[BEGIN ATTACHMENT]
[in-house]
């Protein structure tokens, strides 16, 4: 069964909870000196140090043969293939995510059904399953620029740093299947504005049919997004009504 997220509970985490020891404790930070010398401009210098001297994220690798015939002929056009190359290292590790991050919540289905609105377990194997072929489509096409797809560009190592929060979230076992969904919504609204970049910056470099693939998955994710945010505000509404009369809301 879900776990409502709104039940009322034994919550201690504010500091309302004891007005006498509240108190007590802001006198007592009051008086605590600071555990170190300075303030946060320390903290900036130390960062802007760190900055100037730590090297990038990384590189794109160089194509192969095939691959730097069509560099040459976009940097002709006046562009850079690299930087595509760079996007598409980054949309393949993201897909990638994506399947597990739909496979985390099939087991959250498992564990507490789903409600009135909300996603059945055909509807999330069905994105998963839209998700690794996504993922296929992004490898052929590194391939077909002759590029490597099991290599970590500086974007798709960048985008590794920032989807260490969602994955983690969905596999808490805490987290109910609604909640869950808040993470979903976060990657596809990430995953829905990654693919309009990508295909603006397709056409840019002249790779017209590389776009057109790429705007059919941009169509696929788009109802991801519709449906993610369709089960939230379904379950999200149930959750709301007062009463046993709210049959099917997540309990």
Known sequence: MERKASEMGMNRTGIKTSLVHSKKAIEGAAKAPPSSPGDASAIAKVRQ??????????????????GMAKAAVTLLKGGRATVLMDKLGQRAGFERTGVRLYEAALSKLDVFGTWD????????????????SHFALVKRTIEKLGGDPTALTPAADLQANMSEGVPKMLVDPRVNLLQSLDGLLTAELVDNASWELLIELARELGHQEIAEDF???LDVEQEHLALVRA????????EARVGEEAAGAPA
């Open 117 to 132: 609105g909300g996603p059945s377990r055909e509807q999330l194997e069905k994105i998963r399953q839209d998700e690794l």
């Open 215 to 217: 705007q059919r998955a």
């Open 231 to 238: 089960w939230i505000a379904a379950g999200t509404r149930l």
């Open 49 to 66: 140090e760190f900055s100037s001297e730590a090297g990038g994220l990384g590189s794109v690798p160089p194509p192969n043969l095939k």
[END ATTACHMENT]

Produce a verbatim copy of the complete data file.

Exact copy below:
[in-house]
């Protein structure tokens, strides 16, 4: 069964909870000196140090043969293939995510059904399953620029740093299947504005049919997004009504 997220509970985490020891404790930070010398401009210098001297994220690798015939002929056009190359290292590790991050919540289905609105377990194997072929489509096409797809560009190592929060979230076992969904919504609204970049910056470099693939998955994710945010505000509404009369809301 879900776990409502709104039940009322034994919550201690504010500091309302004891007005006498509240108190007590802001006198007592009051008086605590600071555990170190300075303030946060320390903290900036130390960062802007760190900055100037730590090297990038990384590189794109160089194509192969095939691959730097069509560099040459976009940097002709006046562009850079690299930087595509760079996007598409980054949309393949993201897909990638994506399947597990739909496979985390099939087991959250498992564990507490789903409600009135909300996603059945055909509807999330069905994105998963839209998700690794996504993922296929992004490898052929590194391939077909002759590029490597099991290599970590500086974007798709960048985008590794920032989807260490969602994955983690969905596999808490805490987290109910609604909640869950808040993470979903976060990657596809990430995953829905990654693919309009990508295909603006397709056409840019002249790779017209590389776009057109790429705007059919941009169509696929788009109802991801519709449906993610369709089960939230379904379950999200149930959750709301007062009463046993709210049959099917997540309990």
Known sequence: MERKASEMGMNRTGIKTSLVHSKKAIEGAAKAPPSSPGDASAIAKVRQ??????????????????GMAKAAVTLLKGGRATVLMDKLGQRAGFERTGVRLYEAALSKLDVFGTWD????????????????SHFALVKRTIEKLGGDPTALTPAADLQANMSEGVPKMLVDPRVNLLQSLDGLLTAELVDNASWELLIELARELGHQEIAEDF???LDVEQEHLALVRA????????EARVGEEAAGAPA
């Open 117 to 132: 609105g909300g996603p059945s377990r055909e509807q999330l194997e069905k994105i998963r399953q839209d998700e690794l």
């Open 215 to 217: 705007q059919r998955a």
């Open 231 to 238: 089960w939230i505000a379904a379950g999200t509404r149930l």
């Open 49 to 66: 140090e760190f900055s100037s001297e730590a090297g990038g994220l990384g590189s794109v690798p160089p194509p192969n043969l095939k």